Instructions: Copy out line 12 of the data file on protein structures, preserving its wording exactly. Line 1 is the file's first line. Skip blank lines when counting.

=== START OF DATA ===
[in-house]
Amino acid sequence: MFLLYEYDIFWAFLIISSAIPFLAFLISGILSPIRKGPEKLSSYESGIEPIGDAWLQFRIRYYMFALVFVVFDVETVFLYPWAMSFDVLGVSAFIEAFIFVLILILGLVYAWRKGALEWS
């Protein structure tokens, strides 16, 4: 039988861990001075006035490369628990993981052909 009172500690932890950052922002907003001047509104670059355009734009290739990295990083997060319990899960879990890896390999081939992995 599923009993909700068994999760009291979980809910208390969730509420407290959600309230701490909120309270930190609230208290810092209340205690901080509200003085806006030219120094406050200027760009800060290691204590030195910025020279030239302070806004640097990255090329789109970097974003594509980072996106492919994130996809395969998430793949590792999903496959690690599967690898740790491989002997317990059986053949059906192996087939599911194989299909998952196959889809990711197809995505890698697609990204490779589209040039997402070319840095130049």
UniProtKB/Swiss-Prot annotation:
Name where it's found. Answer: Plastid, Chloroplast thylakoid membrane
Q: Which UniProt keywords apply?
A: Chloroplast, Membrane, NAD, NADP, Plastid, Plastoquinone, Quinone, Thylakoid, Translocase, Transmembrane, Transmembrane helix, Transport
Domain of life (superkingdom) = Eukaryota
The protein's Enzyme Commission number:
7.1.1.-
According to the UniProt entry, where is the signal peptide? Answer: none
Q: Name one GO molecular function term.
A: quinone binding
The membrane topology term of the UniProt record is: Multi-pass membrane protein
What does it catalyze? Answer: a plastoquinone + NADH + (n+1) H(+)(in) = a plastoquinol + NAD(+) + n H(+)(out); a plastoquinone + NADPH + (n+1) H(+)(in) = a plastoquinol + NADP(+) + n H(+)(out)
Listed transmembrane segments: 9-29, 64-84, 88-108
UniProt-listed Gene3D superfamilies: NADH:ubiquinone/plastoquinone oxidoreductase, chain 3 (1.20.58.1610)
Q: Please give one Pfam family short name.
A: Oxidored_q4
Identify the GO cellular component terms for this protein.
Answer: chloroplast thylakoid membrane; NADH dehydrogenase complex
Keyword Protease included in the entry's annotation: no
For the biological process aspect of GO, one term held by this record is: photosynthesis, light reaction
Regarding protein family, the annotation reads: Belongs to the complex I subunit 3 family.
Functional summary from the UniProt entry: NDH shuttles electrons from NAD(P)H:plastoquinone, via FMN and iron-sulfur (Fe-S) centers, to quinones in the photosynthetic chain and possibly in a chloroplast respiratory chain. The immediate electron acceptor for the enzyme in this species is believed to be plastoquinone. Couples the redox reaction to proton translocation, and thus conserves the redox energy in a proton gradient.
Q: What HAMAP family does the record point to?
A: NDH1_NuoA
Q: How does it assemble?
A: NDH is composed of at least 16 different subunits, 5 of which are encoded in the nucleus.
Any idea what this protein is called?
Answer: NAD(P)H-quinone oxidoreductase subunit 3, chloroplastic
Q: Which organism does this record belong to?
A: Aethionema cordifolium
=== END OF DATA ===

Q: Name one GO molecular function term.